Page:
K: Krauser - Kwariani
Wrestling Heritage A-Z
The barrel chested Max Krauser was listed by Wrestling Heritage in our top ten overseas visitors of the 1930s. He was a Jew born into a family of eleven children in Stanislawow, Poland. An expert skier, rugby player, swimmer and skater it was in wrestling that he gained fame, wrestling throughout Europe, Australia and the United States.
A student at the University of Livov Max gained a Degree in Science. A fan of the wrestling he is said to have jumped into the ring, aged 22, challenging a German champion and beginning an internationally renowned wrestling career.
Arriving in Britain in 1934, with little wrestling experience. he was soon swapping holds with the likes of King Curtis, Francis St Clair Gregory, Anaconda and George Clark. And he beat them all! Many matches ended with his favourite move, the aeroplane spin, leading to billing as European Heavyweight champion.
This Polish Jew was a hard man who knew how to wrestle.
He wrestled in Britain intermittently between 1934 and 1938. Political developments in the 1930s made it unlikely that the Jewish heavyweight would return to Poland. Leaving Europe in 1938 he travelled to Australia, and whilst wrestling there the Second World War broke out. Max moved on to the United States where he enlisted in the army. Following retirement in the late 1940s Max and his wife set up their own business manufacturing luggage.
Billed as the statuesque negro giant from Georgetown, Guyana, his was a career full of contradictions.
We were told of his near invincibility overseas, gaining victory over the great Dara Singh in India, yet in Britain he would more often than not go down against his regular adversaries Steve Viedor, and Tibor Szakacs.
Trained as an amateur by the highly regarded Ken Richmond, adding to the skills he had already learned in Guyana. Tagged occasionally with Earl Maynard, and in Canada with Georges Gordienko.
Avid photographer Gordon managed deftly to adapt his style strictly according to his opponent, and further analysis of this can be found in Armchair Corner under Crowd Control of the Purest Kind.
See the entry for Ed Hamill
Mihalyi Kuti (Also known as Micha Nador)
A powerful heavyweight from Hungary Mihalyi Kuti made his way to Britain in the early 1960s for Dale Martin Promotions. He was an impressive site, standing 6'3” tall and weighing 17 stones. In his mid twenties he proved a formidable opponent for the likes of Mike Marino, Alan Garfield and The Zebra Kid amongst other top heavyweights of the time. On television he knocked out Dennis Mitchell on 17th September, 1960, a sign of his power. Four days later he benefited from the referees disqualification of Alan Garfield. Mihalyi returned to Britain in 1963 and 1964, again mostly working in the south but again with occasional jaunts north. Last seen in Britain in 1972 when appearances seem to have been mostly in the north.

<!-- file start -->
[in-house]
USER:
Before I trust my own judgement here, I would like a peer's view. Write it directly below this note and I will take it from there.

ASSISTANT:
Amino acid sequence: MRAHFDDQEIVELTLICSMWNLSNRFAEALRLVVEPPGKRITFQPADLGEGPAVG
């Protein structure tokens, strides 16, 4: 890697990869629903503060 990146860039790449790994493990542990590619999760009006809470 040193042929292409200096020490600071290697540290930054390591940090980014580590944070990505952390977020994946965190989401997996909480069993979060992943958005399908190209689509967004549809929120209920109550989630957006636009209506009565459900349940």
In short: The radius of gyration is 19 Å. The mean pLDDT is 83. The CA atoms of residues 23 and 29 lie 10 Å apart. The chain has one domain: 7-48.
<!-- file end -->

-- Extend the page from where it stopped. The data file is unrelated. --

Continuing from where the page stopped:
Throughout his career Mihalyi Kuti worked mostly in Germany and Austria, as late as 1981 he was known outside of Britain as Micha Nador.
Mihalyi Kuti died in 2010.
Johnny Kwango (Also known as Bully Johnson, The South African Angel)
A big and popular name to the casual wrestling fan but paradoxically an undercarder through most of his career other than when facing his regular Londoner buddies, McManus and Pallo in main events. Billed as The King of the Head Butts from West Africa, he was famously lost for words when H.R.H. the Duke of Edinburgh asked him at the Royal show of 1963 where precisely he was from in Africa.
Favoured a jaw hold and wrestled unsmiliingly well into his sixties, a fact very well camouflaged from fans at the time. Featured with Jackie Pallo on the opening titles of ITV wrestling, as well as on the first Royal Show in 1963.
The alleged hardness of his famous bonce was sold strictly and exaggeratedly down the years by every single opponent as though this were one of the Great Commandments of the game, and this is discussed in detail in our Heritage feature Speciality Manoeuvres. Tagged with Linde Caulder, Johnny Kincaid and Clive Myers.
A musician and dancer, he was billed in the fifties and sixties as Black Kwango, and was the brother of Black Butcher Johnson. Ended his career as a referee, and made sure in that role that he never stole the limelight from the wrestlers even when nostalgic fans shouted compliments.
Born in Georgia, Tsarist Russia Kola Kwariani is reputed to have been a genuinely hard man who wrestled in Britain and around Europe in the 1930s before making a name for himself in the professional rings of North America. He played the part of the hired killer in the 1956 Stanley Kubrick film, The Killing. Born in 1903, died 1980.